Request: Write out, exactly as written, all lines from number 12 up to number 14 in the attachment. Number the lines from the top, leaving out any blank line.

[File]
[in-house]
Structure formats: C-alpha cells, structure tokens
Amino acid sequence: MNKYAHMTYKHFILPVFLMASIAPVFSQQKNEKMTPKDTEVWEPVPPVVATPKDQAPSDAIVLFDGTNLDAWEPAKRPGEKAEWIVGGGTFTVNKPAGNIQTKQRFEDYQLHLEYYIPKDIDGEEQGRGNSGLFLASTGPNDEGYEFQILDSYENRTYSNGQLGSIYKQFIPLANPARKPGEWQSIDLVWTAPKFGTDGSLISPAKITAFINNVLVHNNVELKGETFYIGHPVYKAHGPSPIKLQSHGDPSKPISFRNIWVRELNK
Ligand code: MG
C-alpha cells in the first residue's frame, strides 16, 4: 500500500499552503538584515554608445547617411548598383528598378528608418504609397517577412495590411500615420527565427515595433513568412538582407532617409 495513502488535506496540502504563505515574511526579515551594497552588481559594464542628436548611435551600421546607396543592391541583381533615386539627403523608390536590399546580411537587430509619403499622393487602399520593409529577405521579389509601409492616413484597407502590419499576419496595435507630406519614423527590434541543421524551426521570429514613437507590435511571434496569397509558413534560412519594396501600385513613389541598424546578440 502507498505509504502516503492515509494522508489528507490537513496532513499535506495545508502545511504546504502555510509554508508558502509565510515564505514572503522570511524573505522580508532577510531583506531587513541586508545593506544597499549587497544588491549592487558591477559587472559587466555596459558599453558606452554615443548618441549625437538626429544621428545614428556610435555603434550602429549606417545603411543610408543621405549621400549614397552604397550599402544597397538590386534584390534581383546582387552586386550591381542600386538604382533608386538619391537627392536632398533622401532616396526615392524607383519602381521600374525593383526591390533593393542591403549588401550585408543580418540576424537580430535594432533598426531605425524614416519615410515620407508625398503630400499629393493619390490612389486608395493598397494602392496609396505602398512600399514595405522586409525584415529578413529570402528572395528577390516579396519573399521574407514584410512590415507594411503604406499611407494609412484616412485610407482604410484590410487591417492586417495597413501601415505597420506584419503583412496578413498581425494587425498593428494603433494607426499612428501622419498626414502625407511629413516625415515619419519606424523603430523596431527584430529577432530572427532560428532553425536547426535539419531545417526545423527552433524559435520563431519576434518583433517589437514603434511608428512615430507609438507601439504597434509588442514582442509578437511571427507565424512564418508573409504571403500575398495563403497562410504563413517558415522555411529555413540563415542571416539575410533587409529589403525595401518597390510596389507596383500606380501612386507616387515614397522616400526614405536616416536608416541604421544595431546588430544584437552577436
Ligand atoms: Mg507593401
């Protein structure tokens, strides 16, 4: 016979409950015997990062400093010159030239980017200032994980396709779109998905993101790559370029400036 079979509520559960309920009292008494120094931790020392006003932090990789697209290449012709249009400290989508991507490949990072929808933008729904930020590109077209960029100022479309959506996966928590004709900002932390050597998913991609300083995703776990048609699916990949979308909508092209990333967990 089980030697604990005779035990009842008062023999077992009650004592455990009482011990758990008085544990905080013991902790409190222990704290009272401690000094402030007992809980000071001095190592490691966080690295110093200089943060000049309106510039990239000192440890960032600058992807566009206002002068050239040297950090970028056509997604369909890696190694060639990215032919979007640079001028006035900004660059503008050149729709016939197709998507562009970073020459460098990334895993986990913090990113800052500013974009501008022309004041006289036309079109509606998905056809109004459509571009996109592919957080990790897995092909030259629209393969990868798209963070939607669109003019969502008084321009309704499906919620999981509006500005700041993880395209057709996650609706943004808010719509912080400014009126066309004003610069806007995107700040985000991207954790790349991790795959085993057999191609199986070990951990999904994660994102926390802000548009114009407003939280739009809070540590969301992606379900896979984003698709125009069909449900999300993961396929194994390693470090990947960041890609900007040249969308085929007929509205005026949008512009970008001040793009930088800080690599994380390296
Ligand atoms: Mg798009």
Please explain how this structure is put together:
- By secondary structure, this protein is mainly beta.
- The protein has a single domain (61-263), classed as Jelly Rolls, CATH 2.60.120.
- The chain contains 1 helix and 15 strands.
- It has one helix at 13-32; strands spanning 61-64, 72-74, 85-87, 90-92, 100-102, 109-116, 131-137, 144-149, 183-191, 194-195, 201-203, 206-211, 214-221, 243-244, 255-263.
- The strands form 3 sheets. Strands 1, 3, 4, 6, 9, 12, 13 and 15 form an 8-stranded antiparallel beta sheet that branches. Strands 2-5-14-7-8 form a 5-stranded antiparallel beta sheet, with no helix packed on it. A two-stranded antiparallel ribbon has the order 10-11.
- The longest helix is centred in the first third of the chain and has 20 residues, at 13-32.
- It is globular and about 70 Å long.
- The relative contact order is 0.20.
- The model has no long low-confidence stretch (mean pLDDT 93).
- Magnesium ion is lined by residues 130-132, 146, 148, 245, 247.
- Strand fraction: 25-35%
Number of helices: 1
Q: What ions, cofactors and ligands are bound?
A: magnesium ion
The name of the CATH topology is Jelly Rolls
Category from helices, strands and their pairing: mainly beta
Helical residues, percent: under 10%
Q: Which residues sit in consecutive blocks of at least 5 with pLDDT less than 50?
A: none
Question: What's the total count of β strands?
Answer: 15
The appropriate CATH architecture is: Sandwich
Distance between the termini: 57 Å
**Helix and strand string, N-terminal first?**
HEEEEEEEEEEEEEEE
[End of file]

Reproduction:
- The chain contains 1 helix and 15 strands.
- It has one helix at 13-32; strands spanning 61-64, 72-74, 85-87, 90-92, 100-102, 109-116, 131-137, 144-149, 183-191, 194-195, 201-203, 206-211, 214-221, 243-244, 255-263.
- The strands form 3 sheets. Strands 1, 3, 4, 6, 9, 12, 13 and 15 form an 8-stranded antiparallel beta sheet that branches. Strands 2-5-14-7-8 form a 5-stranded antiparallel beta sheet, with no helix packed on it. A two-stranded antiparallel ribbon has the order 10-11.